“Sun, Moon, and Talia,” also from Basile, similarly resonates with Snow White. Talia apparently dies by means of a splinter under her fingernail. A king finds her in the woods and rapes her. She gives birth to twins who suck the splinter out of her finger, waking her in the process. The king's jealous wife wants Talia executed and tries to have the twins cooked and eaten. A sympathetic cook secretly hides the children and substitutes lamb meat. When the king finds out what's going on, he executes the queen and marries Talia. "Sleeping Beauty" by Charles Perrault (1697) is a softened adaptation where the rape is omitted and the rival wife is changed to the king's mother.
Interestingly, "jealous queen" figures only appear in the final acts of these Italian and French tales. They are not the cause of the enchanted sleeps. Snow White makes more narrative sense, and modern renditions of Sleeping Beauty almost always cut the second half of the story.
Syair Bidasari (18th century?): In this Malay poem, a queen becomes fearful that another woman will catch the king’s eye, and sends out spies to seek anyone more beautiful than her. They tell her of the lovely young Bidasari. Learning that the girl’s life is connected to a fish, the jealous queen takes the fish out of the water. This causes Bidasari to seemingly die during the day, only awakening at night. For safety, her parents hide her at a remote location in the desert. However, the king discovers Bidasari's body and falls in love with her. When she’s conscious at night, she tells him her story, and he returns the fish and takes her as his new queen. The former queen is left in solitude to repent.
The surface details may be different, but it completes the core plot of Snow White in a way that none of the previous examples do. Similar tales have since been collected in India and Egypt.
The poem’s date of origin is uncertain; the oldest surviving manuscript is dated 1814, the oldest mention of the title is from 1807, and it is probably older. Another poem of this genre was theorized to have been composed sometime after 1650. This story is one we know can't have influenced the Grimms, but it shows an independent strand of the tale from a completely different part of the world around the same time.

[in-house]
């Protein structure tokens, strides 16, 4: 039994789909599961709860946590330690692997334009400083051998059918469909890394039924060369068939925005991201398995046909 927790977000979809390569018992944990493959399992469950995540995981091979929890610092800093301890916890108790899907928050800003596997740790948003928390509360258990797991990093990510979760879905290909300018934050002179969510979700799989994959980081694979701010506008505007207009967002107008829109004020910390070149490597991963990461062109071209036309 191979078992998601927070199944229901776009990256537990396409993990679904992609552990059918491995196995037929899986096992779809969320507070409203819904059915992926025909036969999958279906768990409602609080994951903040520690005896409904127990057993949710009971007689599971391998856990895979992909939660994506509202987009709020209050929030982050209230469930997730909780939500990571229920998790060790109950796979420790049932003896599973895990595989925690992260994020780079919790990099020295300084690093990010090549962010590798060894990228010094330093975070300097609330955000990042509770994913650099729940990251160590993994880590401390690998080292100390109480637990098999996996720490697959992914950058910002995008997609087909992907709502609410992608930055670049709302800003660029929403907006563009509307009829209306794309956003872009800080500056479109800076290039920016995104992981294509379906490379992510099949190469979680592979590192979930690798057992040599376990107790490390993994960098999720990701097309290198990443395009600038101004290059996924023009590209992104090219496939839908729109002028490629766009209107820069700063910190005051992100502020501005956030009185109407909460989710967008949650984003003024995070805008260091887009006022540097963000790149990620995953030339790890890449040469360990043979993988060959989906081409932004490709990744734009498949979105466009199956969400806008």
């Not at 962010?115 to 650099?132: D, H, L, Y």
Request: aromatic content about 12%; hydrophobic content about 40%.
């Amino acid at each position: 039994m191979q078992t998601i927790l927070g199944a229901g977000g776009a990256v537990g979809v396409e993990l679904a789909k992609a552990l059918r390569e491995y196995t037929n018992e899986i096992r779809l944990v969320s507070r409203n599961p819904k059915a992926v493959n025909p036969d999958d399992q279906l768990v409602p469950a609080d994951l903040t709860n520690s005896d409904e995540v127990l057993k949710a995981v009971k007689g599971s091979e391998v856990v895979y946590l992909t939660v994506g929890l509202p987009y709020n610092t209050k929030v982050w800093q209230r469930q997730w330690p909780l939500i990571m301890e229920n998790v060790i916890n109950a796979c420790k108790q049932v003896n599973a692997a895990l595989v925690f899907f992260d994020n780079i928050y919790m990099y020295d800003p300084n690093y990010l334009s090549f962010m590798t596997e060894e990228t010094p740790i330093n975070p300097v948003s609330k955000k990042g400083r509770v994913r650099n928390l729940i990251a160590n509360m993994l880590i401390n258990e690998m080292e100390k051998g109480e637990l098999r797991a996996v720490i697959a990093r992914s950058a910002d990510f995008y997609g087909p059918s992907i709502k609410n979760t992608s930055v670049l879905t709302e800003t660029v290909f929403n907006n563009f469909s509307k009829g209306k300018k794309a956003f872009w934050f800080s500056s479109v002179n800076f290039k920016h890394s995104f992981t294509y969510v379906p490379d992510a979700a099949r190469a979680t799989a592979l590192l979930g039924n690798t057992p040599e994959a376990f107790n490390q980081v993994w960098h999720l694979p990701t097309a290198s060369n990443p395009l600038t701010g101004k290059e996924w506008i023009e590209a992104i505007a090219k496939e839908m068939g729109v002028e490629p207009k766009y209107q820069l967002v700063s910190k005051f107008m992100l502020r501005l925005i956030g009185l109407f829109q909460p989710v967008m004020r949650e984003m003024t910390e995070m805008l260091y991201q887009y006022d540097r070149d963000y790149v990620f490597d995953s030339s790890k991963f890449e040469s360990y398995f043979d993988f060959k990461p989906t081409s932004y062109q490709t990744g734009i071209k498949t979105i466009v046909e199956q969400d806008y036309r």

The Tale of a Tsar and His Daughter (1710s-1730s?): This Russian text has been discovered only recently, and is tentatively dated to the early 18th century. The role of the magic mirror is played by a beggar who praises the princess's beauty. Her jealous stepmother orders her killed, and the servants bring her severed finger as proof of her death. The princess takes refuge at the home of nine brothers, keeps house for them, and slays a serpent to rescue them (!). The stepmother learns of her survival and sends a poisoned shirt which kills her. The brothers build a tomb for her and also die. A prince finds her body, falls in love with her, and takes her home, where his mother removes the poisoned shirt and revives her. The brothers are resurrected, the prince and princess celebrate their marriage, and the stepmother is punished.
I still need to investigate further, but this could be competition with Syair Bidasari for the earliest full version of Snow White discovered so far. (Kurysheva 2018)